Such an approach would be hard to sell to European partners and could lead to confrontation, especially if British leaders were backed by a referendum demanding a new deal they could not deliver. Britain has already renegotiated its entry terms once.
Facing such a failure, Cameron could be vulnerable to more sceptical leadership rivals plus the electoral threat from the UK Independence Party, which has drawn voters away from his Conservatives with its promise to take Britain out of the EU.
Cameron told City of London financiers he was a skeptic a month before he vetoed a new EU fiscal treaty in December, forcing euro zone states to set their new rules outside the formal EU structure, although using its institutions.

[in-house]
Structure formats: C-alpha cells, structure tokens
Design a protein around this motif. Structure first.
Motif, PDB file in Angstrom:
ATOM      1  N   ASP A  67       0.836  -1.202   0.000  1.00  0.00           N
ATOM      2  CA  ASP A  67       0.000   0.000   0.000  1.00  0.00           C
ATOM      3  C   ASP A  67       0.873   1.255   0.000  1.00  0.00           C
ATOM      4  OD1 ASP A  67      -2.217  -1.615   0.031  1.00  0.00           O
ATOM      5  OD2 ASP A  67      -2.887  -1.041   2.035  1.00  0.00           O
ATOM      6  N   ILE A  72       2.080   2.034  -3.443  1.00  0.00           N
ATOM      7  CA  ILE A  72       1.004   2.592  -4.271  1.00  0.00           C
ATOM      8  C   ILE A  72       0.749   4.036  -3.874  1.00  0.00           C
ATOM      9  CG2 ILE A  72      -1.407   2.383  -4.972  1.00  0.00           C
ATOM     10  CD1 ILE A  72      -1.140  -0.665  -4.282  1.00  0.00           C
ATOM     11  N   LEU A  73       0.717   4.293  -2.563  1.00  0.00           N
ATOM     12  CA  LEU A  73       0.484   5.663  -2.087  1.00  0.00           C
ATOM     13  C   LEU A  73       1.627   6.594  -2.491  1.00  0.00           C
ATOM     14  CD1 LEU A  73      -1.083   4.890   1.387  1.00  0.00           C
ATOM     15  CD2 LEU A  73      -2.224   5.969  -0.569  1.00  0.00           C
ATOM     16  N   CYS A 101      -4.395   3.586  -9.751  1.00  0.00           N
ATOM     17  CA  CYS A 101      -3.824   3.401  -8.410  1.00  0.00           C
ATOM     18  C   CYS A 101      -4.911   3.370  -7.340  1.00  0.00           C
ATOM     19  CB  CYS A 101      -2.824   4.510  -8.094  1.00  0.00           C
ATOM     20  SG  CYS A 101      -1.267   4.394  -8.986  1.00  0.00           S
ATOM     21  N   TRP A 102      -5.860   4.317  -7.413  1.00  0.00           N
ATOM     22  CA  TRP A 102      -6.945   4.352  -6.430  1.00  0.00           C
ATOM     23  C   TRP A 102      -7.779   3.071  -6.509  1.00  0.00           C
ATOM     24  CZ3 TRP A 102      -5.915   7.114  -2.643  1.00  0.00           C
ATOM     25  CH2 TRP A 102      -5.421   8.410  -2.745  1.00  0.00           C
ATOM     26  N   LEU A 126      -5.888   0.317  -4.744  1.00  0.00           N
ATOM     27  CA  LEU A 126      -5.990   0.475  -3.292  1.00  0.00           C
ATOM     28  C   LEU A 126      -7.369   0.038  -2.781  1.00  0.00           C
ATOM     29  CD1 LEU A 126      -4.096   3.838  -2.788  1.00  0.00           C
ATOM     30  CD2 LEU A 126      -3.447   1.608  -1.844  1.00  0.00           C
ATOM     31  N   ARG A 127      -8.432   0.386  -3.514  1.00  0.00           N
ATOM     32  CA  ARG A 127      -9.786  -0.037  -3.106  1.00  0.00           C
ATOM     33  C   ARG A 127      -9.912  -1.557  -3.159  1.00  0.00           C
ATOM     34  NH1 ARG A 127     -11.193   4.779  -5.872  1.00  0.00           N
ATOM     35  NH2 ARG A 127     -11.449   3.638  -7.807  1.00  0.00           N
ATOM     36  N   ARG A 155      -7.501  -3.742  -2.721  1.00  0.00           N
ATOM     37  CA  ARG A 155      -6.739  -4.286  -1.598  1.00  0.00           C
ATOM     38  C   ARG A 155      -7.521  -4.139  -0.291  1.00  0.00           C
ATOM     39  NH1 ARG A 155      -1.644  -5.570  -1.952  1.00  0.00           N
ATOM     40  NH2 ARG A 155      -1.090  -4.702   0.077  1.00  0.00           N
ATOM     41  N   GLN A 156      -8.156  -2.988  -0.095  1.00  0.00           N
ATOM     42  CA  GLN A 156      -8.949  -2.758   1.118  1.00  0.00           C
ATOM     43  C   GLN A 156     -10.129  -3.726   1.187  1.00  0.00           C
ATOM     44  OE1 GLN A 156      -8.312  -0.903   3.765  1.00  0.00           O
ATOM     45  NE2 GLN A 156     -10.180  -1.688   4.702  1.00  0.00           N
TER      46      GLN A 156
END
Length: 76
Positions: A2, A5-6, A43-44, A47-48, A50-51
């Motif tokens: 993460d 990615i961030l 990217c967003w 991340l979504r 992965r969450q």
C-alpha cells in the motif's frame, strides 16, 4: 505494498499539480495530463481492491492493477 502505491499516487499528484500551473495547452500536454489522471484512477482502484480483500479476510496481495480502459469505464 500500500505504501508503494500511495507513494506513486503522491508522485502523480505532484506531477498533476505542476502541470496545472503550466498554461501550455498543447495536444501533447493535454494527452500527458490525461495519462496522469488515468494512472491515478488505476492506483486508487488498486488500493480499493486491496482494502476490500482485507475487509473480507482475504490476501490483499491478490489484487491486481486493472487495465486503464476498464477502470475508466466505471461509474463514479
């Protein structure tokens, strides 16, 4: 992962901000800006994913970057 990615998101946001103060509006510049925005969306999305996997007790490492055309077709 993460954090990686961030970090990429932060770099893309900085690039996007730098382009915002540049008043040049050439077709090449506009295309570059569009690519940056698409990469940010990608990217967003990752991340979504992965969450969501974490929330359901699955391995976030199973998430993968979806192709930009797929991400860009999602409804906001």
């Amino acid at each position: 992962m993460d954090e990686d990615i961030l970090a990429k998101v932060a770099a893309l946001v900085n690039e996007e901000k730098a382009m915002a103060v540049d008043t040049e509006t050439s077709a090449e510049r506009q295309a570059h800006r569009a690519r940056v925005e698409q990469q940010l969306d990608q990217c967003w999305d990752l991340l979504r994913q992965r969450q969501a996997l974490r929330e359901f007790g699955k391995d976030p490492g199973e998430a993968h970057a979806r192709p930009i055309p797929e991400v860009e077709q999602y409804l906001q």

But the prime minister insists it is not in the national interest to leave the EU, the destination for half of Britain's exports.
"Outside, we would end up like Norway, subject to every rule for the single market made in Brussels but unable to shape those rules," he said in his most nuanced speech on Europe.
Skeptics say pan-European financial regulation and talk of a banking union already threaten the City of London, which they see as Britain's strongest card at the world's top table.
Outside, London might market itself as a low-tax, offshore trading center and a playground for the international rich, but that may not sell to a local population which expects London to pay its way in tax revenues for a welfare state.
Many of the banks trading there would also be subject to EU rules formed without London. Foreign investors who use Britain as a springboard for an EU market of half a billion people might find Britain a much less interesting proposition.
Britain would be alone in the open sea.
(Edited by Paul Taylor)